PORTLAND, Ore. — This morning Portland’s City Council unanimously voted to adopt code amendments that will improve the City’s historic review process and create a quicker, easier-to-understand, and more predictable review process for minor home improvement projects in historic and conservation districts.
In Portland’s nationally recognized historic districts most exterior work on buildings, as well as all new construction, is subject to design review. Both property owners and historic preservation advocates have complained that the process is long, costly and burdensome, and may hurt the cause of historic preservation that the review is intended to ensure. City Council last summer commissioned the Bureau of Planning and Sustainability (BPS)
to convene the Historic Resources Code Improvement project
to address these issues.
The Bureau of Planning and Sustainability developed the new code in collaboration with the Bureau of Development Services (BDS)
, which will enforce the new regulations. They spent eight months working with residents of historic and conservation districts, members of the historic preservation community and contractors who work on historic homes.
“I would like to thank Commissioner Saltzman for his leadership on this important project,” acknowledged Mayor Charlie Hales at the public hearing for the project. “This is a great example of two bureaus working together to address community concerns. The whole process has been thoughtful, collaborative and swift.”
The HRCI project shows how the City can make relatively small fixes to the Zoning Code in a timely manner to address evolving issues in the community. “The project team went in and — with ‘surgical precision’ — made the necessary fixes to the City’s regulations around historic resources,” said Paul Falsetto, chair of the Portland Coalition for Historic Resources (PCHR) , a group that represents Portland’s historic and conservation districts and preservation professions from across the city.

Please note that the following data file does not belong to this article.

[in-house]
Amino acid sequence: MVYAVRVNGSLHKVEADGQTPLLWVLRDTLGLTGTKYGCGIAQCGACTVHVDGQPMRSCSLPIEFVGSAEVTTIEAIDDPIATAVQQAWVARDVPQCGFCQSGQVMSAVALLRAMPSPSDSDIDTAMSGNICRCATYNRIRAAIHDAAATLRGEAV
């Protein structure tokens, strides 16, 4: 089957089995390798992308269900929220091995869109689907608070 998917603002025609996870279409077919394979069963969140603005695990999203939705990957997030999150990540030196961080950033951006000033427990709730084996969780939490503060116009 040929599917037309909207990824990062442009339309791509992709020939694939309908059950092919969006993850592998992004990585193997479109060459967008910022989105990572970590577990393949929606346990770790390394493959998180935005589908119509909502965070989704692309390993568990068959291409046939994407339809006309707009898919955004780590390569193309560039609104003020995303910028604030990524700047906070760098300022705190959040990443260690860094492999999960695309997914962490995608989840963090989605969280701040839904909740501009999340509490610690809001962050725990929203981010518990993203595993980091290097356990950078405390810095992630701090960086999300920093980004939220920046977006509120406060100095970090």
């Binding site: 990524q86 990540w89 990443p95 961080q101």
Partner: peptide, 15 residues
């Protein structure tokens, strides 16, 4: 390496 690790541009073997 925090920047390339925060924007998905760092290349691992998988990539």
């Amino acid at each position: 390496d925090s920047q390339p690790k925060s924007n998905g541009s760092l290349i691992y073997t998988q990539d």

Following the listing of the Irvington Historic District in 2010, the Historic Landmarks Commission (HCL) became aware that residents in the newly designated district were finding the regulations for historic review cumbersome and cost prohibitive. Both the HLC and PCHR expressed their support for the code amendments.
Carrie Richter, HLC chair, noted that the project “… represents the most feasible way to quickly address stakeholder concerns with respect to historic design review. This project could not address all code concerns and shortcomings. But with an eight-month process and no real budget, we understand that the HRCI project cannot serve as a complete overhaul of the code.”
Homeowners in historic and conservation districts were concerned about historic review fees that start at $900 and a review process that can take six to eight weeks. In some cases, the fee was more than the project itself. As a result, some improvements have been made without review or homeowners have forgone improvements altogether.
Last summer, City staff began working with the Planning and Sustainability Commission (PSC), HLC and PCHR to identify issues, conduct research and draft options to create the code amendments.
“The PSC heard a broad range of issues from stakeholders about the project, and the code amendments represent good problem-solving on everyone’s part,” PSC Commissioner Don Hanson remarked.
Stated BPS Director Susan Anderson, “This package of amendments will make it much easier and cheaper for homeowners to make small improvements to their homes.”
Along with the recommended code amendments, the PSC requested funding the creation of a user-friendly handout to make historic regulations understandable to the general public, clearly stating when fees will be reduced and by how much (BDS will return before May 1 with a revised fee schedule), and staff returning to the PSC in one year with an evaluation of how successful the code amendments are in achieving the project goals.
The Bureau of Planning and Sustainability is committed to providing equal access to information and hearings. If you need special accommodation, please call 503-823-7700, the City’s TTY at 503-823-6868, or the Oregon relay Service at 1-800-735-2900.